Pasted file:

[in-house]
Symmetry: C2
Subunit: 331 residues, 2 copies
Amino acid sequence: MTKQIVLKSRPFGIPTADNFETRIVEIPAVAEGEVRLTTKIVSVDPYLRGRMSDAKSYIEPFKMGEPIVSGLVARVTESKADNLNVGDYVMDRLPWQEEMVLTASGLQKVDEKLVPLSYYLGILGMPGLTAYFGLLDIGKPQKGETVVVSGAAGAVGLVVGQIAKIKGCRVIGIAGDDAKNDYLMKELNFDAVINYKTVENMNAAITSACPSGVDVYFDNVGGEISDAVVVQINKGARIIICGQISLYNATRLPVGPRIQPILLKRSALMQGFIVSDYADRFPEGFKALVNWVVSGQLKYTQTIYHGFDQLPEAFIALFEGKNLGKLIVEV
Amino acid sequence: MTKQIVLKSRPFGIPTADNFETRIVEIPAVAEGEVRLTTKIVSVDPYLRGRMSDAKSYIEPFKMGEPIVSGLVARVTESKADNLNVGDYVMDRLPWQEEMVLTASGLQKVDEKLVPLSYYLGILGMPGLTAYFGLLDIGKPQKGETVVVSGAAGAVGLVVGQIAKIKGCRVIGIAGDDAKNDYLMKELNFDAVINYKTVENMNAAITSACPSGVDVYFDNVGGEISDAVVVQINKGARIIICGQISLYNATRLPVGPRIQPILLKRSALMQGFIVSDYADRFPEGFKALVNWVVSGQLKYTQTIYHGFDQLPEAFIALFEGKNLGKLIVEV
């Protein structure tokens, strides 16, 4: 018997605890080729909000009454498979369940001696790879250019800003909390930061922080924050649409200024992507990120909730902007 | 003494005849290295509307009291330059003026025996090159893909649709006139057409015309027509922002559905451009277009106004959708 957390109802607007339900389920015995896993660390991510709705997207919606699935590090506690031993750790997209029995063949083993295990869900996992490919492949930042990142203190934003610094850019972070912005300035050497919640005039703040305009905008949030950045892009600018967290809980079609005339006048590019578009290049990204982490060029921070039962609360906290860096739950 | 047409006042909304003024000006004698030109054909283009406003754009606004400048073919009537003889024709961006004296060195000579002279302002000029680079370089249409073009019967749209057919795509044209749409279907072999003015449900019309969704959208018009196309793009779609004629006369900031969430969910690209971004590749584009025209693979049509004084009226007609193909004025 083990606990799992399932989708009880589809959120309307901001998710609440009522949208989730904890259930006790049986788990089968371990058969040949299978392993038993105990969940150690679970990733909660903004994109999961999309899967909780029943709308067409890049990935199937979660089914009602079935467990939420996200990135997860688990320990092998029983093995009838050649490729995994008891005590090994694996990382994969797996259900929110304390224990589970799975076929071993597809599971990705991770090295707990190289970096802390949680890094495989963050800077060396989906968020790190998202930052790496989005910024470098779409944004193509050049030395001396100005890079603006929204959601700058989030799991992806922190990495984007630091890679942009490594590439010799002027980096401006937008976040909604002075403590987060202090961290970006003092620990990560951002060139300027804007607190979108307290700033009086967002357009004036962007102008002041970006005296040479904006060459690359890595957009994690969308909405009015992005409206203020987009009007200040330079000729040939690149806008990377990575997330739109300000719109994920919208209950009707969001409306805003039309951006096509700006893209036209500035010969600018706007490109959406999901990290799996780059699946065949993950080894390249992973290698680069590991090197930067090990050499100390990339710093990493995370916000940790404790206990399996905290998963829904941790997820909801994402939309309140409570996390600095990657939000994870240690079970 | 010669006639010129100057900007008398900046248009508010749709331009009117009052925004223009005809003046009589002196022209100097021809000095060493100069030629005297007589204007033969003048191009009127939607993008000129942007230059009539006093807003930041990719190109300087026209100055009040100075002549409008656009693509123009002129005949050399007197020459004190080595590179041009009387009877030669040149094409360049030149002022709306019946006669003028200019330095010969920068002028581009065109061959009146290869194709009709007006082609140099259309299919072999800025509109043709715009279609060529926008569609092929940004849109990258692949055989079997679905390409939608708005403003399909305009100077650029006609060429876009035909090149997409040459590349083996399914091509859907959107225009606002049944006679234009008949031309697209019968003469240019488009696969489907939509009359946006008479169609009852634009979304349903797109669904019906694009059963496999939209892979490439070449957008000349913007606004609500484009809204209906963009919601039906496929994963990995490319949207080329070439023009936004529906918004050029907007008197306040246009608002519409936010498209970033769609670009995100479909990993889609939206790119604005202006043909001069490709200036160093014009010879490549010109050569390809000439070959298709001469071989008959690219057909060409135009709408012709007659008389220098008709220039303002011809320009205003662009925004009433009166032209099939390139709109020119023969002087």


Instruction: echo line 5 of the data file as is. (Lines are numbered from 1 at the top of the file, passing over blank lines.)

Amino acid sequence: MTKQIVLKSRPFGIPTADNFETRIVEIPAVAEGEVRLTTKIVSVDPYLRGRMSDAKSYIEPFKMGEPIVSGLVARVTESKADNLNVGDYVMDRLPWQEEMVLTASGLQKVDEKLVPLSYYLGILGMPGLTAYFGLLDIGKPQKGETVVVSGAAGAVGLVVGQIAKIKGCRVIGIAGDDAKNDYLMKELNFDAVINYKTVENMNAAITSACPSGVDVYFDNVGGEISDAVVVQINKGARIIICGQISLYNATRLPVGPRIQPILLKRSALMQGFIVSDYADRFPEGFKALVNWVVSGQLKYTQTIYHGFDQLPEAFIALFEGKNLGKLIVEV